The Work of Marriage

Greg Haygood

Greg Haygood

There are no guarantees in love. Nothing will keep you from waking up one morning and deciding you can’t take another day of dealing with your significant others’ shortcomings or vice versa. There’s no class for that in particular, but there are a whole lot of other measures and preparation one can make for marriage that many seem to skip over.

Nothing about marriage has ever seemed like a fairytale to me. I wasn’t a girl who dreamed of white dresses, maybe because my parents eloped. And I certainly never thought that somehow a husband was going to be some type of superhero that made my life all that it was supposed to be. But I did want to get married and somehow the example set before me prepared me for the fact that it was bigger than one day when emotions were high and the champagne was flowing, but that marriage was a partnership for which you should do your best to prepare.

Recently, it feels like I’ve been seeing people my age run into troubles in their marriages. From fights to separation to full on divorce and it’s troubling. I’m sure many of them were married before I was, which also makes me extremely grateful that I waited until 30. That I didn’t feel some weird pressure to be married by 25 and having my first babies. But it got me thinking about my own journey and the steps that we took before sashaying down the aisle.

Being married is work. There’s no way around that. Trying to ensure that you are on the same page with another whole human being with a different upbringing, different way of thinking and life experiences could not be anything less. Yet, it’s one of those really important types of work where we think we can skip the training. Sure, you’ve dated for however long, but if you haven’t taken the time to talk about the things that marriage actually entails, you are doing yourself a major disservice by thinking that time equates with readiness.

One of the first things that I had to do was find myself. At the time that my husband and I met, I was on a real roller coaster type journey. My long-term relationship was ending and I was grappling for something, anything, because I was sad and miserable and couldn’t even understand why. For me, that manifested in a spiritual journey where I got to learn more about God being present in my life and not just some ethereal thing that I believed to be true. That there was a God and he was concerned with my affairs. And my husband was also on a similar journey after hitting a sizeable speed bump in his own life as well.

In the midst of that journey we got to know one another. With us being so rooted in God, while we were dating, we randomly took a course called His Needs, Her Needs at our church which we had no idea was a class for engaged or married folks. We thought it sounded interested and they allowed us to stay. In it, we started the journey of learning valuable lessons in regard to marriage and how to work as a team and what each of our needs were and the importance of meeting those needs for longevity.

Once we were engaged, it was a no-brainer that we would also take marriage counseling with our pastor. This was another great opportunity to get things out on the table. What were our expectations in a marriage? Because we all have some! We just typically don’t verbalize them and assume that our partners will get them by osmosis. Counseling gives you a safe space to hash it out. It’s not always the easiest convos over dinner or while you’re handling daily life, but I definitely found it helpful to have specific space set aside each week, to explore. We were able to sort out our weaknesses like conflict resolution and our strengths like being self-sufficient individuals with our own life goals as well as those together as a couple.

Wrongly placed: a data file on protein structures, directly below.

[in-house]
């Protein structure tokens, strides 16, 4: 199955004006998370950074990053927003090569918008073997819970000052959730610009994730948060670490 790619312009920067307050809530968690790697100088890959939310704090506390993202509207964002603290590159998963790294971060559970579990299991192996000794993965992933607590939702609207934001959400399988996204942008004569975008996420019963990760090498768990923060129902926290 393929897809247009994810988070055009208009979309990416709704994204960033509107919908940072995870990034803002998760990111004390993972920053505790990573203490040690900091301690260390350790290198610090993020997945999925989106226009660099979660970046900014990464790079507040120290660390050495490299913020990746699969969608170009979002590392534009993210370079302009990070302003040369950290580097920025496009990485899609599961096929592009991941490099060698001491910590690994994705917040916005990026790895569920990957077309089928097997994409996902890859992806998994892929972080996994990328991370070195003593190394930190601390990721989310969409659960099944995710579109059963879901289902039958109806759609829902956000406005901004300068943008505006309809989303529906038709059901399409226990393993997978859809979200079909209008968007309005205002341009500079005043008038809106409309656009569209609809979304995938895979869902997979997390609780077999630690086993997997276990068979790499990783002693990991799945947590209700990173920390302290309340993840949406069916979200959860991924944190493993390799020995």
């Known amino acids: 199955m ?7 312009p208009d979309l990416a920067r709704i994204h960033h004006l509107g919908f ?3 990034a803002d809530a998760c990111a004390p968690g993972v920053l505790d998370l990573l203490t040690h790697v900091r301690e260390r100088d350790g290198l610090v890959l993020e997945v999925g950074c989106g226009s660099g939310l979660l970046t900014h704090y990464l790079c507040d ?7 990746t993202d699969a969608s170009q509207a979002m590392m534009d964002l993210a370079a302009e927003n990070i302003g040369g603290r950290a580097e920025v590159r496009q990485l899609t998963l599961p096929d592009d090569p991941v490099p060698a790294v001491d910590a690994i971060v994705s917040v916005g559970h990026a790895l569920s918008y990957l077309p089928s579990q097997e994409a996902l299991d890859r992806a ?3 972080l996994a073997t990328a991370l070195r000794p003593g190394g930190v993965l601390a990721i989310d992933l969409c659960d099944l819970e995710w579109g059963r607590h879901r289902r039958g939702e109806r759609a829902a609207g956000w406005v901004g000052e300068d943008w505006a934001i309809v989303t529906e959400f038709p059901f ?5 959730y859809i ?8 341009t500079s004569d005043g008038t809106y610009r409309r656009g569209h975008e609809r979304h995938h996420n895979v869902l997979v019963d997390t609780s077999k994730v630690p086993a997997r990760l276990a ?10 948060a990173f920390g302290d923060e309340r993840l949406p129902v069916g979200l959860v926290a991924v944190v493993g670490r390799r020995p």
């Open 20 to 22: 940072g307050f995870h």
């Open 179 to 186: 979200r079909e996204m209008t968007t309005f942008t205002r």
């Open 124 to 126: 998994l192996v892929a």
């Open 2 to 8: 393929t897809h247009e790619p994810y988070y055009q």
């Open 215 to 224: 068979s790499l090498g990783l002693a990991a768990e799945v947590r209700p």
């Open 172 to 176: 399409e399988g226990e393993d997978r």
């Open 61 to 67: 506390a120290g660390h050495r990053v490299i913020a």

After being married three years, we called for another counseling session. See training gets you so far, but there will always be on the job lessons that you will have to sort out. I was amazed at how many people were so shocked that Mrs. Obama recounted she and the only president we acknowledge getting counseling in their marriage in her memoir. Again, marriage is hard. Not in this way where you suffer at all times, there are lots of amazing things about it too, but remember the whole, two different people on one accord thing I mentioned earlier? A whole task.

I will continue to ask for help in my relationship when I need it. We don’t have it all together. We’re still working through the things that typically break marriages apart like being on the same page financially, healthy conflict resolution and compromise. But we’re willing to bring in the tools. We’re willing to learn and that has to be within the foundation of any relationship that will not just last, because we know people can stick and stay in some unhealthy mess, but to flourish.

I can’t say where we’ll be ten years from now or even next year. I’m smart enough to know that life is all types of unpredictable. But I will tell you what, if you ever hear that things didn’t work out for me, it won’t be for lack of effort. God remains at the center of this thing for us and honestly, I believe that’s the only way that we’ve even made it this far. I can assure you there were likely times when my husband looked at me and thought, “I don’t know about this, God.” But for the moment, we’re here and I credit that to preparation and two imperfect people who understand that only God’s love is perfect and it is our greatest example.